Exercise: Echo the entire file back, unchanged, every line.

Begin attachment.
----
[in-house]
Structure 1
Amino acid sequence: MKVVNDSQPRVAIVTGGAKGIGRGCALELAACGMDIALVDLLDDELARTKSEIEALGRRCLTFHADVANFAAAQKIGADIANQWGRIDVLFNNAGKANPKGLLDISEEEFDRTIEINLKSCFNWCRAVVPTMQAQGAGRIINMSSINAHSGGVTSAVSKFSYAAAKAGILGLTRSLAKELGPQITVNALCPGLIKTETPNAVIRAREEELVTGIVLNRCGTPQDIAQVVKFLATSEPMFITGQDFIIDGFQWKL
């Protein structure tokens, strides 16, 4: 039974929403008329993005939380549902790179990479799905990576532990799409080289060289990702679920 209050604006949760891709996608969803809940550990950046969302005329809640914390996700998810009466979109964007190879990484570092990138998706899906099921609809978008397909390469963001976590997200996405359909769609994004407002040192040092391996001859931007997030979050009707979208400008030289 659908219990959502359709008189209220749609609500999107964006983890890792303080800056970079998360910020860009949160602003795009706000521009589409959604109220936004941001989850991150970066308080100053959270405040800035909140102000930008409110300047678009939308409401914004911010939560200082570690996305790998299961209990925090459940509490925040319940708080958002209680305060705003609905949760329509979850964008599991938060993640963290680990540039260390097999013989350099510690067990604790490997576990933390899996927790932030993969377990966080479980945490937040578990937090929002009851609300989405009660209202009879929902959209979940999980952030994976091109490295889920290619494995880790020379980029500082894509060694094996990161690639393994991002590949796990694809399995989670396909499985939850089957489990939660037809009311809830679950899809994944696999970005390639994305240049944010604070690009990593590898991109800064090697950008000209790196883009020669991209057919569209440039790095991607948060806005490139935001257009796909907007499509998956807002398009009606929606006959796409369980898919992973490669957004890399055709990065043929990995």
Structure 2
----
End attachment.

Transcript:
[in-house]
Structure 1
Amino acid sequence: MKVVNDSQPRVAIVTGGAKGIGRGCALELAACGMDIALVDLLDDELARTKSEIEALGRRCLTFHADVANFAAAQKIGADIANQWGRIDVLFNNAGKANPKGLLDISEEEFDRTIEINLKSCFNWCRAVVPTMQAQGAGRIINMSSINAHSGGVTSAVSKFSYAAAKAGILGLTRSLAKELGPQITVNALCPGLIKTETPNAVIRAREEELVTGIVLNRCGTPQDIAQVVKFLATSEPMFITGQDFIIDGFQWKL
């Protein structure tokens, strides 16, 4: 039974929403008329993005939380549902790179990479799905990576532990799409080289060289990702679920 209050604006949760891709996608969803809940550990950046969302005329809640914390996700998810009466979109964007190879990484570092990138998706899906099921609809978008397909390469963001976590997200996405359909769609994004407002040192040092391996001859931007997030979050009707979208400008030289 659908219990959502359709008189209220749609609500999107964006983890890792303080800056970079998360910020860009949160602003795009706000521009589409959604109220936004941001989850991150970066308080100053959270405040800035909140102000930008409110300047678009939308409401914004911010939560200082570690996305790998299961209990925090459940509490925040319940708080958002209680305060705003609905949760329509979850964008599991938060993640963290680990540039260390097999013989350099510690067990604790490997576990933390899996927790932030993969377990966080479980945490937040578990937090929002009851609300989405009660209202009879929902959209979940999980952030994976091109490295889920290619494995880790020379980029500082894509060694094996990161690639393994991002590949796990694809399995989670396909499985939850089957489990939660037809009311809830679950899809994944696999970005390639994305240049944010604070690009990593590898991109800064090697950008000209790196883009020669991209057919569209440039790095991607948060806005490139935001257009796909907007499509998956807002398009009606929606006959796409369980898919992973490669957004890399055709990065043929990995």
Structure 2